a C2C12 myotubes were treated with 200 µM palmitate or bovine serum albumin (BSA) vehicle, serum-free media was conditioned on these cells (24 h) and transferred to naïve myocytes. b Activating transcription factor 3 (Atf3), activating transcription factor 4 (Atf4), Heat Shock Protein Family A (Hsp70) Member 5 (Hspa5) and ER Degradation Enhancing Alpha-Mannosidase Like Protein 1 (Edem1) UPR gene expression in C2C12 myotubes receiving conditioned media from myotubes treated with 200 μM palmitate (grey) or BSA (red) (n = 4; two-tailed Student’s t test; Atf4 P = 0.00009, Hspa5 P = 0.005, Edem1 P = 0.000024). c UPR gene expression in human skeletal muscle cells (HSkMCs) receiving conditioned media from HSkMCs treated with 100 μM palmitate (grey) or BSA (red) (n = 3, two-tailed Student’s t test; ATF3 P = 0.005, ATF4 P = 0.0017, Hspa5 P = 0.0088). d UPR gene expression in myotubes receiving boiled media conditioned on C2C12 myotubes treated with 200 μM palmitate or BSA (control = red; control boiled = grey; 200 µM palmitate = blue; 200 µM palmitate boiled = green; n = 3; one-way ANOVA; control media vs 200 µM palmitate media, Atf3 P = 0.017, Atf4 P = 0.005; control vs 200 µM palmitate boiled, Atf3 P = 0.03, Atf4 P = 0.0065; control boiled vs 200 µM palmitate, Atf3 P = 0.016, Atf4 P = 0.005; control boiled vs 200 µM palmitate boiled, Atf3 P = 0.027, Atf4 P = 0.007). e UPR gene expression in myotubes receiving reconstituted lipid extract isolated from media conditioned on C2C12 myotubes treated with 200 μM palmitate (grey) or BSA (red) (n = 4; two-tailed Student’s t test: Atf3 P = 0.05, Atf4 P = 0.0026, Hspa5 P = 0.0097, Edem1 P = 0.0048). *P ≤ 0.05, **P < 0.01, ***P < 0.001, ****P < 0.0001. Data are expressed as mean ± SEM with individual data points. Source data are provided as a Source Data file.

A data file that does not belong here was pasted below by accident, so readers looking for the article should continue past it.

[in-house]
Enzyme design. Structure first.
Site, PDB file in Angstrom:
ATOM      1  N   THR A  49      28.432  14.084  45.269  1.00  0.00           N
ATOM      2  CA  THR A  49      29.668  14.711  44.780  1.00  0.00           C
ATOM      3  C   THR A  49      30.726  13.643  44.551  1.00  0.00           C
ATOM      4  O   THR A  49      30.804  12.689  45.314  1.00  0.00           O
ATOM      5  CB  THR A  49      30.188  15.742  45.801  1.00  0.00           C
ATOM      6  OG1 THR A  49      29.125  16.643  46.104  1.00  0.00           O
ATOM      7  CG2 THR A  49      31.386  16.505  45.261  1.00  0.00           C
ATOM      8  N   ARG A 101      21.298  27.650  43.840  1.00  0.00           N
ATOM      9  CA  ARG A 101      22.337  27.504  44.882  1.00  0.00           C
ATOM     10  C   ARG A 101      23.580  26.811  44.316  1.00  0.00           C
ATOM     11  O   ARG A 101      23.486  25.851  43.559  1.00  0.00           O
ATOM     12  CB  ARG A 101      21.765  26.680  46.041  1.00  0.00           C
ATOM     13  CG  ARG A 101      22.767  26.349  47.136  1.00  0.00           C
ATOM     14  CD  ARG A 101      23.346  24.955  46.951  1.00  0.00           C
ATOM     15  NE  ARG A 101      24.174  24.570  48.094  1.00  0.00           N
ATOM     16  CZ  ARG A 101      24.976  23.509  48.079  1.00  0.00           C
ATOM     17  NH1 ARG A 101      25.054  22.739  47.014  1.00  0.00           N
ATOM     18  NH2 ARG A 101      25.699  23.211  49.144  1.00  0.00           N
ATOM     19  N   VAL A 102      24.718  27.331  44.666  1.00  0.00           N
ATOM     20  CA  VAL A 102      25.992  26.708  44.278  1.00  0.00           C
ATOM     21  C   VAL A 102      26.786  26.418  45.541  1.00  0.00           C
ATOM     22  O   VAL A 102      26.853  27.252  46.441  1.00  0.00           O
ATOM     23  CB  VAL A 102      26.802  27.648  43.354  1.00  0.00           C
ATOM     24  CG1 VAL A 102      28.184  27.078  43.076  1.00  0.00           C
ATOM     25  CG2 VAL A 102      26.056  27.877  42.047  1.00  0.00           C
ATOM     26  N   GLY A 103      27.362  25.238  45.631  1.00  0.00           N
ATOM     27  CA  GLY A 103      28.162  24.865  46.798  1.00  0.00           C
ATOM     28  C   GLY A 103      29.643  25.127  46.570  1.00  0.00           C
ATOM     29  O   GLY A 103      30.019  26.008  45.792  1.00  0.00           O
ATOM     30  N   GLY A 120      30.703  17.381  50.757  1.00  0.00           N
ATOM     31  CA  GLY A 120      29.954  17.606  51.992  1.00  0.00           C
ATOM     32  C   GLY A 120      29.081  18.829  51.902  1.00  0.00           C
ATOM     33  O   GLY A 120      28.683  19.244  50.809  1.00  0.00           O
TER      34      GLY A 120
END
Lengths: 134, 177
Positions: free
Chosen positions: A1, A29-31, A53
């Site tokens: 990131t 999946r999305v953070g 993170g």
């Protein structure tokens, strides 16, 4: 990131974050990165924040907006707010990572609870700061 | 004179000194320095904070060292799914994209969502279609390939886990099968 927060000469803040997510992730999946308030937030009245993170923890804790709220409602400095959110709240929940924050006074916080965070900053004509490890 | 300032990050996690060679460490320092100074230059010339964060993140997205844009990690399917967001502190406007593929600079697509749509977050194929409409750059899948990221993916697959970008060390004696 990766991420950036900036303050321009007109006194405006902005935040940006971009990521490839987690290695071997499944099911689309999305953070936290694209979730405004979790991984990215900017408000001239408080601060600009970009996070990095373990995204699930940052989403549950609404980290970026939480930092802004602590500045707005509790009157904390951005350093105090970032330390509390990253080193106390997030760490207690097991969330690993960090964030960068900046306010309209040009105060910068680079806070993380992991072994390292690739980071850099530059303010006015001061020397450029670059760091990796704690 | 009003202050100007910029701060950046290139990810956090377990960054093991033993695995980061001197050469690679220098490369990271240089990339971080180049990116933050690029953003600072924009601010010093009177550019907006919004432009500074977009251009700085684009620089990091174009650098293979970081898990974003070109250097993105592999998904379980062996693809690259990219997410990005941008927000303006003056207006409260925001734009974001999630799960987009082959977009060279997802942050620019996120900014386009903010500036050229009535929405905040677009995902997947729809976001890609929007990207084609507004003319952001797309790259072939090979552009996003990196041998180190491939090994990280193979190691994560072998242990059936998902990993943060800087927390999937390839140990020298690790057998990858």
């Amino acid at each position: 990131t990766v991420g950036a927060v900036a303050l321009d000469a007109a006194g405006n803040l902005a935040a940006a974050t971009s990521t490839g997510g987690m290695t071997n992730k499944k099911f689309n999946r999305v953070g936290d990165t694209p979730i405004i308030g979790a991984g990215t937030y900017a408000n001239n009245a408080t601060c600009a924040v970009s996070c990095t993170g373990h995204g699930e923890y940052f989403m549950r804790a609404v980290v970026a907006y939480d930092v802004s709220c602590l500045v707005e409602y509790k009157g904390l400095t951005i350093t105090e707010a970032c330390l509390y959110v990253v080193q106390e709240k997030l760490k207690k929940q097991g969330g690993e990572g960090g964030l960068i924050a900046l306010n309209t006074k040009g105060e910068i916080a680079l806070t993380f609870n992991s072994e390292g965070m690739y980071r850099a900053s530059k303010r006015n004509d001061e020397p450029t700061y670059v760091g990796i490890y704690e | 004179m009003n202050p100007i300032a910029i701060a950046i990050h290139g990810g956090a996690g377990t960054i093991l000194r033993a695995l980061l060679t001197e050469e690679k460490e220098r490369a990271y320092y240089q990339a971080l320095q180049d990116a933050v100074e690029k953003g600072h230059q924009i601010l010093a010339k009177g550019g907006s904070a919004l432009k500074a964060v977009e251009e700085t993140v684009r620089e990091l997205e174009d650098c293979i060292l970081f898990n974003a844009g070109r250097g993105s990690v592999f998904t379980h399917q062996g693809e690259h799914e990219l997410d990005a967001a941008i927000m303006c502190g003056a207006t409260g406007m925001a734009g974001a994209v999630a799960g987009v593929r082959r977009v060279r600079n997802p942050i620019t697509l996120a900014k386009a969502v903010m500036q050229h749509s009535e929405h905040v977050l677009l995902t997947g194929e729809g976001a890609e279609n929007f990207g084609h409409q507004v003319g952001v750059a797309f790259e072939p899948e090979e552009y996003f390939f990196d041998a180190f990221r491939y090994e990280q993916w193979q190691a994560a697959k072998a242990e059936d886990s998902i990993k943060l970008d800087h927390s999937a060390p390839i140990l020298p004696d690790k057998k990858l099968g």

Next we sought to determine the nature of the UPR-inducing secreted signal. Conditioned media was boiled to denature proteins prior to transfer to naïve myotubes. Boiled conditioned media from palmitate-treated myotubes retained UPR-inducing properties, suggesting that there are non-protein secreted signal(s) (Fig. 1d). The UPR-inducing signal was preserved in boiled media conditioned from palmitate-treated cells with no evidence of altered UPR-inducing activity in boiled control media. However, boiling denaturation has the potential to destabilise small molecules. Therefore, to further characterise the physicochemical nature of the UPR-inducing signal, molecular weight cut-off dialysis of 1 kDa was used to dialyse conditioned media from control and palmitate-treated myocytes. Dialysate (containing the dialysed molecules of 1 kDa and below) was dried down under N2, reconstituted in serum-free media and transferred to naïve myocytes. The UPR-inducing signal in conditioned media from palmitate-treated myocytes was observed in the dialysate reconstituted media (Supplementary Fig. 1d). These data suggest the signal(s) is a small molecule of 1 kDa or less.